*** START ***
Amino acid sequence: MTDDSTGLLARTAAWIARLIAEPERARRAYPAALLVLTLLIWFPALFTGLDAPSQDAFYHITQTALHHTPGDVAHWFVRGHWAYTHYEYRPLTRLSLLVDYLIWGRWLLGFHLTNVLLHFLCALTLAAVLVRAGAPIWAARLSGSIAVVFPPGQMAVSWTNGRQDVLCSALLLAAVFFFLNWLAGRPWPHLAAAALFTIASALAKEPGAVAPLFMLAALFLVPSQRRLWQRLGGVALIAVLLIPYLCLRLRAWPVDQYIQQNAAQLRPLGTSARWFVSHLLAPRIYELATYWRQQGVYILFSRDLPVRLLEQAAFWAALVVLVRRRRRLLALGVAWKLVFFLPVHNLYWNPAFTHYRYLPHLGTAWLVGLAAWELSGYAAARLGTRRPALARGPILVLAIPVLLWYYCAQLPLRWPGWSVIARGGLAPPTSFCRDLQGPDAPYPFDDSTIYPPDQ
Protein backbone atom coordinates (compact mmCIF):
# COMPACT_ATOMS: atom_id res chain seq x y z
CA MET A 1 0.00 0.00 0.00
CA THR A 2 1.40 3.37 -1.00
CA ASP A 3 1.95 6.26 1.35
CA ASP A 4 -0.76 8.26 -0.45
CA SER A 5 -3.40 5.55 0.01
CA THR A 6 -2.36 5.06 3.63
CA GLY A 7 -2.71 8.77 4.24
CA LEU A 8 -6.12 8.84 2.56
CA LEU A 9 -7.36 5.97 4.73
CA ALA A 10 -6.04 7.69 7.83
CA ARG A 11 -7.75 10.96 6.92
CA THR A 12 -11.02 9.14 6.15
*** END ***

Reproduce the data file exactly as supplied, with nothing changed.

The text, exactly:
Amino acid sequence: MTDDSTGLLARTAAWIARLIAEPERARRAYPAALLVLTLLIWFPALFTGLDAPSQDAFYHITQTALHHTPGDVAHWFVRGHWAYTHYEYRPLTRLSLLVDYLIWGRWLLGFHLTNVLLHFLCALTLAAVLVRAGAPIWAARLSGSIAVVFPPGQMAVSWTNGRQDVLCSALLLAAVFFFLNWLAGRPWPHLAAAALFTIASALAKEPGAVAPLFMLAALFLVPSQRRLWQRLGGVALIAVLLIPYLCLRLRAWPVDQYIQQNAAQLRPLGTSARWFVSHLLAPRIYELATYWRQQGVYILFSRDLPVRLLEQAAFWAALVVLVRRRRRLLALGVAWKLVFFLPVHNLYWNPAFTHYRYLPHLGTAWLVGLAAWELSGYAAARLGTRRPALARGPILVLAIPVLLWYYCAQLPLRWPGWSVIARGGLAPPTSFCRDLQGPDAPYPFDDSTIYPPDQ
Protein backbone atom coordinates (compact mmCIF):
# COMPACT_ATOMS: atom_id res chain seq x y z
CA MET A 1 0.00 0.00 0.00
CA THR A 2 1.40 3.37 -1.00
CA ASP A 3 1.95 6.26 1.35
CA ASP A 4 -0.76 8.26 -0.45
CA SER A 5 -3.40 5.55 0.01
CA THR A 6 -2.36 5.06 3.63
CA GLY A 7 -2.71 8.77 4.24
CA LEU A 8 -6.12 8.84 2.56
CA LEU A 9 -7.36 5.97 4.73
CA ALA A 10 -6.04 7.69 7.83
CA ARG A 11 -7.75 10.96 6.92
CA THR A 12 -11.02 9.14 6.15